HARARE – Government has apologised for the current shortages of diesel on the market which it said had been caused by a “logistical” glitch.
This comes as most garages are struggling to raise money on time to pay for their stocks from fuel companies who traditionally have demanded payment in advance.
The challenges to raise enough cash for payment to fuel companies has been necessitated by the recent increases in prices of both petrol and diesel which sources said explains queues at some of the garages, especially those in high density suburbs where motorists are struggling to fill their tanks.
Responding to the diesel shortages, government said it had “rectified” the problem which it said had been caused by purchasing more petrol stocks than diesel.
“Government apologises for the logistical glitch which resulted in fuel retailers ordering more petrol than diesel giving rise to diesel shortages.
“The situation has been attended to and normalcy in the fuel retail sector is expected to have been attained within the next few hours,” government said on Twitter.
Business urged government to act on the diesel “shortages” which it said was impacting negatively on transportation of goods.
“Consistent fuel supply is very key to economic progress and we need to ensure that there are minimal glitches on supply side because it might portray a negative image unnecessarily.
“The respective ministry should work closely with the Reserve Bank of Zimbabwe to ensure that at any given time there is adequate fuel supply.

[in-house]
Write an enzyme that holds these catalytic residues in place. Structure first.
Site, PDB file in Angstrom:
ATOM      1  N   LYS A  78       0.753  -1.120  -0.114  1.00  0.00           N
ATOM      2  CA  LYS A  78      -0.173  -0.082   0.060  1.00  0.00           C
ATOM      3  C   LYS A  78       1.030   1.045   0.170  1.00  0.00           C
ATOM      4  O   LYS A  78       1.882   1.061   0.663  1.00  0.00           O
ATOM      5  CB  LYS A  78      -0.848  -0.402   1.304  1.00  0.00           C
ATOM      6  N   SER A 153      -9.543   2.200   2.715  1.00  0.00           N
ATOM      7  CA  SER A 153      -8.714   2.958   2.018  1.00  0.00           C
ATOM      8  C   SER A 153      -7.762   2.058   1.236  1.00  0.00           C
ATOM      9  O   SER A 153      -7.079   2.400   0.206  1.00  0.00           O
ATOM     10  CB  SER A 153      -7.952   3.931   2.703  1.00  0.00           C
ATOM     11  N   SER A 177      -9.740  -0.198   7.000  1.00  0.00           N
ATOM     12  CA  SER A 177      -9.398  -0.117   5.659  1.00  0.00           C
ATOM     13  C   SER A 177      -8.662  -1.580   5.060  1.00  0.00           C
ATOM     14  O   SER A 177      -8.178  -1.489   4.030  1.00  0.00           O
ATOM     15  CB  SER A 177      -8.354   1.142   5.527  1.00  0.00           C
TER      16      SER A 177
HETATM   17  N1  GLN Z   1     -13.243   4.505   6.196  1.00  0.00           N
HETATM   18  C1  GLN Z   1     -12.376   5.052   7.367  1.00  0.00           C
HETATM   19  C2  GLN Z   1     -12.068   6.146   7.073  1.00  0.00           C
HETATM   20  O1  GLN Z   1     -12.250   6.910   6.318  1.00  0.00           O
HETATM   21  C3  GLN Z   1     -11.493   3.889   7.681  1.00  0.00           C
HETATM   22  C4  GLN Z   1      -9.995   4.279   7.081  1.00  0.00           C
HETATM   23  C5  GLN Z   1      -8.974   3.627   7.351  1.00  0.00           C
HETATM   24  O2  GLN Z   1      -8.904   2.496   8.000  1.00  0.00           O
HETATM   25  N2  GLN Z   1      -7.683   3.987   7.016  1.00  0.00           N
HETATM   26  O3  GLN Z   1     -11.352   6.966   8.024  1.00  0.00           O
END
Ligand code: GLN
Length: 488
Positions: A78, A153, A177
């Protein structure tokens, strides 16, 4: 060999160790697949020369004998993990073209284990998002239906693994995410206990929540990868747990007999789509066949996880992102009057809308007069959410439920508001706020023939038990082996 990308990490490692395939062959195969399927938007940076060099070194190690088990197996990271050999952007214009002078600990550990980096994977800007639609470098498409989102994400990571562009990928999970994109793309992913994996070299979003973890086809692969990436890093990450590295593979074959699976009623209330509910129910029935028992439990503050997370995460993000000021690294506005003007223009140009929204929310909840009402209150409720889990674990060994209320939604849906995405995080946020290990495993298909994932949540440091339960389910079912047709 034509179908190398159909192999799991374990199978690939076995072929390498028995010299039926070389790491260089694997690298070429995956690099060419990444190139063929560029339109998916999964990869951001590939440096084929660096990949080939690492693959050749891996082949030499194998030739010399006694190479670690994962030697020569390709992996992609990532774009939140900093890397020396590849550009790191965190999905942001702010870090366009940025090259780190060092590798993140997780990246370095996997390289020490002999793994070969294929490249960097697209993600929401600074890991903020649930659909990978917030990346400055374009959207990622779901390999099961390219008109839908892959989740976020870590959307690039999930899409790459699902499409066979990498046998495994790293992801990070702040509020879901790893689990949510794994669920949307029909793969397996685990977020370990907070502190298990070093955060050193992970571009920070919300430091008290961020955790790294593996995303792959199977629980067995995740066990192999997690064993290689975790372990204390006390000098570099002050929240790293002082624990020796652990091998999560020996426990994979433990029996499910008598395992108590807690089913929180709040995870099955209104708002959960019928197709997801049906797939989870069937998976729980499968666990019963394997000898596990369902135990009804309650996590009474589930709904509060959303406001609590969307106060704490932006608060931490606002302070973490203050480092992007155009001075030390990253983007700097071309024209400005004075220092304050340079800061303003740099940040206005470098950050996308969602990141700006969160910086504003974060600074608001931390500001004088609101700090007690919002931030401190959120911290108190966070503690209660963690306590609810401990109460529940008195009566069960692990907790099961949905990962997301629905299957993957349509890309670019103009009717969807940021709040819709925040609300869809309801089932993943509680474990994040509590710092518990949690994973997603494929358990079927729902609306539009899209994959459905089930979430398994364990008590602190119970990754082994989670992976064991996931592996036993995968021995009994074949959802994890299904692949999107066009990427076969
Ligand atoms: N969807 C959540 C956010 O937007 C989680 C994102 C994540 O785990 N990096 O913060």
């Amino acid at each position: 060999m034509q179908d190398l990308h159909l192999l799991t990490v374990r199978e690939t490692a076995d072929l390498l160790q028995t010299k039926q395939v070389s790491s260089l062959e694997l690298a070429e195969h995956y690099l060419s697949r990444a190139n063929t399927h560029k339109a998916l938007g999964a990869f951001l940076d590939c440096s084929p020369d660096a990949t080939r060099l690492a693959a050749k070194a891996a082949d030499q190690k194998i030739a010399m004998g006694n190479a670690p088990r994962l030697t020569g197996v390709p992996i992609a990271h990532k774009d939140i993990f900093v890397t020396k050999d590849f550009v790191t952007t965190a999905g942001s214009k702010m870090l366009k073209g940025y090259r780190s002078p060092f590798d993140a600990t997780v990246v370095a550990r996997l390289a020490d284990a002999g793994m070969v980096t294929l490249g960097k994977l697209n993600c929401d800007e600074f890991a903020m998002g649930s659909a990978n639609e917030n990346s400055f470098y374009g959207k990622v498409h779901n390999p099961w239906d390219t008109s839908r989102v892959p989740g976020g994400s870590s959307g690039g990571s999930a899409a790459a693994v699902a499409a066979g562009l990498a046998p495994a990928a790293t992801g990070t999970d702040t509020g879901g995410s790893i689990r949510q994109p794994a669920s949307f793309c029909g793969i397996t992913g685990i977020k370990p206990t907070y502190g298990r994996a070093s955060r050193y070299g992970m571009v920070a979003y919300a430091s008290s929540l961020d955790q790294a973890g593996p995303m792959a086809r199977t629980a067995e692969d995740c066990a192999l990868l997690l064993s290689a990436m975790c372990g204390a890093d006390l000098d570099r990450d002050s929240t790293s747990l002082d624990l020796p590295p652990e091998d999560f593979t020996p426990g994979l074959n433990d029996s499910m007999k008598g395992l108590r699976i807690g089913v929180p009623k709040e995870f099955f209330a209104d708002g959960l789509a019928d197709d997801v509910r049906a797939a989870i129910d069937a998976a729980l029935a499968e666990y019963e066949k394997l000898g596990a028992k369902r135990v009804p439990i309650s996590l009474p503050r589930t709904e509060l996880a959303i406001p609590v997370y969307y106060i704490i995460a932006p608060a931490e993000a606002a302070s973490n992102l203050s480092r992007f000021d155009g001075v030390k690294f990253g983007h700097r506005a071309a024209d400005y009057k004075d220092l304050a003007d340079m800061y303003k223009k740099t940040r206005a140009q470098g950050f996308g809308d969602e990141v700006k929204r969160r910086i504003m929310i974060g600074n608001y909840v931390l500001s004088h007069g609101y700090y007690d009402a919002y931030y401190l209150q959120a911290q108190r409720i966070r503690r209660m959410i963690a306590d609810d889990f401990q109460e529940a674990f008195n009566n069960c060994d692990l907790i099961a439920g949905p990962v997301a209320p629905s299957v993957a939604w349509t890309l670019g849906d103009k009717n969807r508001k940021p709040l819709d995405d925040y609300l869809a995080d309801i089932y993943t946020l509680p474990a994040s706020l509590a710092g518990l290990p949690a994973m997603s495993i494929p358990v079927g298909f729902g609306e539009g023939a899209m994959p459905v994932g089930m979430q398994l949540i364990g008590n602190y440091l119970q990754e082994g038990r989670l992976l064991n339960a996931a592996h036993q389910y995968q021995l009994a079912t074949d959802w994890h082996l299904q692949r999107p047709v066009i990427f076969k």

“As private entities, we depend on availability that is guaranteed by government so we are hopeful that this is a temporary glitch that will not happen in the future,” said Confederation of Zimbabwe Retailers president Denford Mutashu.
Zimbabwe was last month thrown into a fresh and mega crisis when angry protesters flooded the streets of Harare, Bulawayo and several other towns across the country, demonstrating against sharp fuel price hikes.
The steep fuel price hikes were announced by President Emmerson Mnangagwa ahead of his trip to Eastern Europe.
Property worth millions of dollars was also destroyed and looted in the mayhem which ensued, after thousands of workers heeded the Zimbabwe Congress of Trade Unions (ZCTU’s) three-day strike call.
At the same time, security forces unleashed a brutal crackdown against the protesters, the opposition and civil society leaders — in a move which received wide condemnation in the country and around the world.
At least 20 people are now said to have died, while nearly 100 others have been treated for serious gunshot wounds, according to rights groups and medical doctors.